Re: FW: Memetics in Time magazine

Aaron Lynch (
Wed, 28 Apr 1999 17:34:21 -0500

Message-Id: <>
Date: Wed, 28 Apr 1999 17:34:21 -0500
From: Aaron Lynch <>
Subject: Re: FW: Memetics in Time magazine
In-Reply-To: <>

At 03:02 PM 4/28/99 EDT, wrote:
>In a message dated 4/28/99 9:58:22 AM Central Daylight Time,
> writes:
><< I agree that Aaron is right in saying that Dawkins has different
> he does, that's a fact. But within the scientific community, to allege that
> a scientist's opinion is based on anything other than mature consideration
> of the evidence is a really serious charge. It amounts to calling someone's
> scientific integrity into question. To take an example that you'll identify
> with, Jake, from your legal career, it's rather like accusing a policeman of
> throwing away a set of fingerprints. There is a difference between calling
> a detective wrong and calling a detective wilfully obstructive of justice.
> A detective's career can survive the first but not the second. Likewise for
> scientists.... >>
>I would think the equivalent in science would be to accuse someone of
>tampering or manipulating experimental or study results, not the things that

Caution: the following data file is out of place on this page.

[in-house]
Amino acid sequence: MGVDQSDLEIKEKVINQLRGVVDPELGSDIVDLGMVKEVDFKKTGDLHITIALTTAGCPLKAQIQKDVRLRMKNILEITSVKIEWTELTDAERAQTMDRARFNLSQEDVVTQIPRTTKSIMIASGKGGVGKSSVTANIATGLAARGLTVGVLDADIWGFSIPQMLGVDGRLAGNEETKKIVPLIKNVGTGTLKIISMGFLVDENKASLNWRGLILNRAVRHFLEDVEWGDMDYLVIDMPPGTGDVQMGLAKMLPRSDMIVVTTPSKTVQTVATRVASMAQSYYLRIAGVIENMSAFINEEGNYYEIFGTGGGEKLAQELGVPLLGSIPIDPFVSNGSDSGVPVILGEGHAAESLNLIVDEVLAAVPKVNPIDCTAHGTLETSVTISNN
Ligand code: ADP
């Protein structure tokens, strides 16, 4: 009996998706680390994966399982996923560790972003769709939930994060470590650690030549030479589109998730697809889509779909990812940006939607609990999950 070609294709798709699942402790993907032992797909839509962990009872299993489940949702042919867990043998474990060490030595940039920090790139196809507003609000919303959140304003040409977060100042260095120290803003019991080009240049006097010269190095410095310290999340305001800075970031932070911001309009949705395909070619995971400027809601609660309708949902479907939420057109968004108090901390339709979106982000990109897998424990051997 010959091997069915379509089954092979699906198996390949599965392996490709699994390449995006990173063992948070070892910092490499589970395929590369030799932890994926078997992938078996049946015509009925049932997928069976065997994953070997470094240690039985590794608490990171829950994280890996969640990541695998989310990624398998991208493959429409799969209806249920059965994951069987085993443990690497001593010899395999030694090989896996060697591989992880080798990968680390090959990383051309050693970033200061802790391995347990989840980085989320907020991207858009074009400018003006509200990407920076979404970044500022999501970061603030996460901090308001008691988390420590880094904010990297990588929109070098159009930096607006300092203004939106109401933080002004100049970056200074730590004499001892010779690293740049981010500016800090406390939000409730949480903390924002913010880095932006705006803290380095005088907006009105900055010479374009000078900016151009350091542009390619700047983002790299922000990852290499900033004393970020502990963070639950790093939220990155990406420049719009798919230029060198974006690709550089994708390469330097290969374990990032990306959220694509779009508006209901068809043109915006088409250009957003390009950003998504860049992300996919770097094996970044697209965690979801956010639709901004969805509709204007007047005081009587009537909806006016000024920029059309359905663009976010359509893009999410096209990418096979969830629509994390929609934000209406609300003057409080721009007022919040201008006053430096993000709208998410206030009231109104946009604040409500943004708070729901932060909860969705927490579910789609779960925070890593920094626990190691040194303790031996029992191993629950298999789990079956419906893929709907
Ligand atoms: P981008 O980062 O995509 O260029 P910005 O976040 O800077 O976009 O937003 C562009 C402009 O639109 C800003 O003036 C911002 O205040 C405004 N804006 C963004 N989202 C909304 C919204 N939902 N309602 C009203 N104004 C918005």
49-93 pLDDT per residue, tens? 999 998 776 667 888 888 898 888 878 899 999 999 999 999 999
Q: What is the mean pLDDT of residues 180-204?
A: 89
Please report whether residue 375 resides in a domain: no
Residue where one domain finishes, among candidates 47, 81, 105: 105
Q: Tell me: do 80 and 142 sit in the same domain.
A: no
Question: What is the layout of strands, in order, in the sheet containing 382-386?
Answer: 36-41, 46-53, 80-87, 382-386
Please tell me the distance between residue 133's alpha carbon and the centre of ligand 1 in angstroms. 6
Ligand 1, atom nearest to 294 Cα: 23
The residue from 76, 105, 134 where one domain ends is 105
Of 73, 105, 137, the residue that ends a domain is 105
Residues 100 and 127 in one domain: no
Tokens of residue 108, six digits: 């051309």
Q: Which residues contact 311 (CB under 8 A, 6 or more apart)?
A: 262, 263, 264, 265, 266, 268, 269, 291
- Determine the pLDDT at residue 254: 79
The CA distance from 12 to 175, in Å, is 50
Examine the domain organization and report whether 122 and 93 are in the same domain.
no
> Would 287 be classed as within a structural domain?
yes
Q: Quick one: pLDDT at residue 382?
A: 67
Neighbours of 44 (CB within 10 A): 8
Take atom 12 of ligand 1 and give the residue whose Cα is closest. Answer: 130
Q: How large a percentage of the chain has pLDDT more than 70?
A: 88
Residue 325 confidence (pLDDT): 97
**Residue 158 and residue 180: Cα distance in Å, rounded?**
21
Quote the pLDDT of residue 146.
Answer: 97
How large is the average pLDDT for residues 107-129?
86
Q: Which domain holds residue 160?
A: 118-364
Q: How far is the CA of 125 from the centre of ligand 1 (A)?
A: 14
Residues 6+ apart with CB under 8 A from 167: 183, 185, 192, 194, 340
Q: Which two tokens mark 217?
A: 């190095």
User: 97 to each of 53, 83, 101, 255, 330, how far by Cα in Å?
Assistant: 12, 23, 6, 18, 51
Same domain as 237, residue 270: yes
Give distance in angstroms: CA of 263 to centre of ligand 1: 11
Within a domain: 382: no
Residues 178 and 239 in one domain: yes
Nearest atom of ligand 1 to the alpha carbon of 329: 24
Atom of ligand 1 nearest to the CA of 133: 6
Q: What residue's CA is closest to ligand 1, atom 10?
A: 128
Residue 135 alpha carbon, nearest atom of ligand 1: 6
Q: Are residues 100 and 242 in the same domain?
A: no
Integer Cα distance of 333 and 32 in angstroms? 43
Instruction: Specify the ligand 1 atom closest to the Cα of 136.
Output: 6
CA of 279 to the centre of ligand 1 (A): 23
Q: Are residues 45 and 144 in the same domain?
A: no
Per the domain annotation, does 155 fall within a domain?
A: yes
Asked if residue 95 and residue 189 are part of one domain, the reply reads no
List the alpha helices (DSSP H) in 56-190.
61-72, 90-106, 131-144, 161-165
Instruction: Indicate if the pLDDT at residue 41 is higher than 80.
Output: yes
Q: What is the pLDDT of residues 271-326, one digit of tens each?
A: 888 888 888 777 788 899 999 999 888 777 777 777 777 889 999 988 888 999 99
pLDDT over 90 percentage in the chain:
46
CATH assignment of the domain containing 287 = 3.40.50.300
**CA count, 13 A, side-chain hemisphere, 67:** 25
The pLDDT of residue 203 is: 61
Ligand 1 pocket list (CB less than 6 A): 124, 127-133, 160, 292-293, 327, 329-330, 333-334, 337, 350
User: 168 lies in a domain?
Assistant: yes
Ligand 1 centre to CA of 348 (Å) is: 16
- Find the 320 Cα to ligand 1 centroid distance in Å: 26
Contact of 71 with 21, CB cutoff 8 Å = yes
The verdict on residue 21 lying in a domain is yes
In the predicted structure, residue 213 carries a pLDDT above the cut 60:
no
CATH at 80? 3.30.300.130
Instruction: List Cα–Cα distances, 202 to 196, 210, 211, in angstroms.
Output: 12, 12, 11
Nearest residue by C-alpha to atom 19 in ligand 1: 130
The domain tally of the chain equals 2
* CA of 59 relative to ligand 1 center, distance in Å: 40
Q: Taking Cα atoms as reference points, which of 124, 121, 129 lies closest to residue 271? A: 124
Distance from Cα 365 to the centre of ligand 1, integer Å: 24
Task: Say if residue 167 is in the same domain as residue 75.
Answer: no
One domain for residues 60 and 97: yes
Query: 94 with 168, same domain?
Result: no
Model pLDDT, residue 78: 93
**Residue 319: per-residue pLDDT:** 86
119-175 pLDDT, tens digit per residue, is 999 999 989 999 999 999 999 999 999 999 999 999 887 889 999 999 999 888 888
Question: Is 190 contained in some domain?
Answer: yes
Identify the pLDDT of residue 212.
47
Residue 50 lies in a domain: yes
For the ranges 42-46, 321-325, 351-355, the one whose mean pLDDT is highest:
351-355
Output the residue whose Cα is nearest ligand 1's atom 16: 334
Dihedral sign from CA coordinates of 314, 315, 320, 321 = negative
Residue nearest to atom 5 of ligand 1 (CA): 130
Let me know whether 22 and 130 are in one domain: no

>Aaron is pointing out. Next might be misrepresenting the data of someone
>else's study. I certainly think that Dawkin's reputation can withstand the
>accusation of "fainthearted endorsement", or even the more damning,
>blood-thirsty, fire-spitting, venomous, accusation of "DEVIOUS endorsement"
>::: >gasp!< Ooooooooooohhhhhh!!! ;-) ::: . I am sure he would find it
>laughable to consider that his reputation or career might remotely be in any
>danger from this kind of accusation - even if it were to come from someone
>more luminary than Aaron - . . .like say . . . Dennet. - even if he were to
>publicly *confess* to such a "sin".

That's right.

I certainly have not accused Dawkins of fabricating anything. In suggesting
a possible conflict of interest on Dawkins's part, I have only suggested
that it may affect what information he chooses to present and what he
chooses to omit--quite a different matter from falsifying data. Last
summer, as I was preparing to give a talk to the Society for the Scientific
Study of Sexuality, I heard Elizabeth Algier talk on the related topic of
selective citation, the common problem of scientists selectively citing
studies that support their thesis and omitting those that undermine their
thesis. So the "sins" I accuse him of are mainly sins of omission. He has
omitted reference to more technical/quantitative memetics even as he did an
excellent job of calling attention to more frivolous material. This
warrants criticism regardless of what may or may not have motivated it.
Some discussion of motivations is warranted as well, since we may want to
think twice about having a sociobiologist as the main spokesperson for

>The inquisition is now in session - Let the floggings begin!

You are a most cruel inquisitor, Jake. :-<<

--Aaron Lynch

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